(State Department of Insurance Commissioner Dave Jones was scheduled to meet with fire victims in Napa on Oct. 17.)

Newsom said Gov. Jerry Brown’s priority when it comes to the state’s role in rebuilding was to “make sure we are here six months from here,” as he pledged to draw down on all available federal assistance.

Sonoma County Supervisor David Rabbitt said supervisors would take up preliminary talks this week about what to do about the thousands of displaced residents who have lost their homes. Sonoma County had an estimated pre-fire homeless population of 2,835, as of May 2017.

It just got a lot larger, as approximately 1,300 structures were burned in the residential Coffey Park neighborhood alone this week.

Rabbitt expected that an initial outpouring of community support would continue, and residents and businesses would “extend the initial surge of generosity” that has met the first week of the unprecedented regional catastrophe.

Rabbitt described the horrifically intensified local housing crisis in terms that were at once sensitive and appreciative of the forward-looking opportunities. The number one priority looking beyond the fire, he said, was getting people out of shelters and back home or into “some kind of transitional housing.”

What will that look like?

The fire, Rabbitt said, could serve as a catalyst for county and city leaders who are “looking for smart, efficient answers” to an affordable-housing question that is now much more complicated. The question for civic leaders, he suggested, was how to rebuild in the face of “a huge economic hit” that the fire will take on the county.

Rabbitt said he hoped all cities in Sonoma County would “take a look at the opportunities” the rebuild might afford, as he noted that the county has given more leeway to homeowners on granny units and other second units than cities in the region.

The potential for small-home developments in county or urban areas remains an open question, and one of many. Supervisors had a preliminary discussion about the path forward on housing Tuesday. Rabbitt expressed optimism in the face of a potential wintertime spike in homelessness. “I think we have the tools in the county to avoid any crisis,” he said.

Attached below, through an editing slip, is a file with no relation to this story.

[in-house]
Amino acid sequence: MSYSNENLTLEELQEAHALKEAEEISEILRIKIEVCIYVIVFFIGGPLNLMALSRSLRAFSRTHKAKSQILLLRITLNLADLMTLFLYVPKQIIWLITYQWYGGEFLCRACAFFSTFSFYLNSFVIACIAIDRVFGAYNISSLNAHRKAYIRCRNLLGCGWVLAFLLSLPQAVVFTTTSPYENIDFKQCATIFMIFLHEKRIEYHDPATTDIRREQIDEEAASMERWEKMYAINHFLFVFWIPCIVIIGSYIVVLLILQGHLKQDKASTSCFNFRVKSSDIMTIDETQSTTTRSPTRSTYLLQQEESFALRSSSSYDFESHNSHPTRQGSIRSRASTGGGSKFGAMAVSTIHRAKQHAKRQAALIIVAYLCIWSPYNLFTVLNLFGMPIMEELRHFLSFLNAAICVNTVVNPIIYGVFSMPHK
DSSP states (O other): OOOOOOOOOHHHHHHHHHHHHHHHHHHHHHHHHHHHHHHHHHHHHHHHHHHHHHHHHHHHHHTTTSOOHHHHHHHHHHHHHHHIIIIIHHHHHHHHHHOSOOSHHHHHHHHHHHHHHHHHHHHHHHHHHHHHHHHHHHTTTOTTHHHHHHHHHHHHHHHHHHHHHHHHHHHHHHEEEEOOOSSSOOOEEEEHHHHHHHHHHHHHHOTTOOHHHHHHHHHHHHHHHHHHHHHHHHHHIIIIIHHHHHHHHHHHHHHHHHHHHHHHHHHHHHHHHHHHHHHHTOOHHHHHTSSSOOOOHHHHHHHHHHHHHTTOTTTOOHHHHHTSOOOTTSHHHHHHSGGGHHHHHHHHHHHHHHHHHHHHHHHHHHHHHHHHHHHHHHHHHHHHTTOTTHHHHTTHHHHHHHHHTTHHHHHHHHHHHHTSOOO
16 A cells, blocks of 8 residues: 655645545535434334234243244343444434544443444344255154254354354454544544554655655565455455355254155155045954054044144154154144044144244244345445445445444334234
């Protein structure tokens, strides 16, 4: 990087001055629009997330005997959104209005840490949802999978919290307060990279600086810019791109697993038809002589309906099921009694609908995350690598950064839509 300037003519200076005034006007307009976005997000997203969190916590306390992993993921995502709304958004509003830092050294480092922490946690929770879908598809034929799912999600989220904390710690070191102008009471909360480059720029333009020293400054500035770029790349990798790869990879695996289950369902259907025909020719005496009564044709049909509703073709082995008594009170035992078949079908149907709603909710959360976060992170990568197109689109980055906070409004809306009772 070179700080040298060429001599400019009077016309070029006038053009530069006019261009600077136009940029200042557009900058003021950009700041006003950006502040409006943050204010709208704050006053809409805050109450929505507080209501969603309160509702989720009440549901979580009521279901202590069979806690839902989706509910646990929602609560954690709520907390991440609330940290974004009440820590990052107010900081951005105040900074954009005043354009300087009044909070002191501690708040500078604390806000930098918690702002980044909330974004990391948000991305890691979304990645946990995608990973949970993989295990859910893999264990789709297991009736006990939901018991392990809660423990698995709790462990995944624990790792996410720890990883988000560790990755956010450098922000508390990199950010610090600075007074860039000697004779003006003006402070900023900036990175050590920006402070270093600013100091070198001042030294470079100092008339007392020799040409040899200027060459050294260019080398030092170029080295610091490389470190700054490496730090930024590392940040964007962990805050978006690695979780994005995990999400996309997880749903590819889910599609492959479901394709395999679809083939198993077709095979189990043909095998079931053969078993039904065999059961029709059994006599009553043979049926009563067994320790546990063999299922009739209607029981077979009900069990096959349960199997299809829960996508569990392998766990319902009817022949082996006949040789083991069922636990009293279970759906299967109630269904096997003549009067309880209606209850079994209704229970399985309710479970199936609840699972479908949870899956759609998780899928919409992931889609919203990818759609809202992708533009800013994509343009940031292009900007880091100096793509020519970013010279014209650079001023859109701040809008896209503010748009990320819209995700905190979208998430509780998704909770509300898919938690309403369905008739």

Rabbitt also noted that the county had reached out to local participants in the short-term rental economy for assistance in providing housing to the displaced.

“We are asking people to take places off of Airbnb,” he said. It was not immediately clear how many had done so, he added.

To ease with the immediate and imminent housing crunch, officials from the Federal Emergency Management Agency were scouting local properties early this week to see where they might bring in some FEMA trailers for the displaced, though officials at the agency said the timeline for their arrival was unclear (see Nugget, p26, for more).

They can’t come soon enough, as the fires still burn, as patience wears thin among residents eager to go home, and as many questions remain, some for another day but others of a more immediate urgency.

For instance: How many homeless persons died in the fire? It’s not yet known. “The goal is to find the victim that we don’t know about,” said Giordano when asked about the potential for “unknown unknown” missing persons.

Santa Rosa chief of police Hank Schreeder said the ripple effect the fire will have on the city’s pre-fire homeless population remains to be seen. The SRPD devotes significant patrol time to checking in on areas around the city where the homeless tend to congregate. Those patrols include areas of Cleveland Avenue that were destroyed by the fire.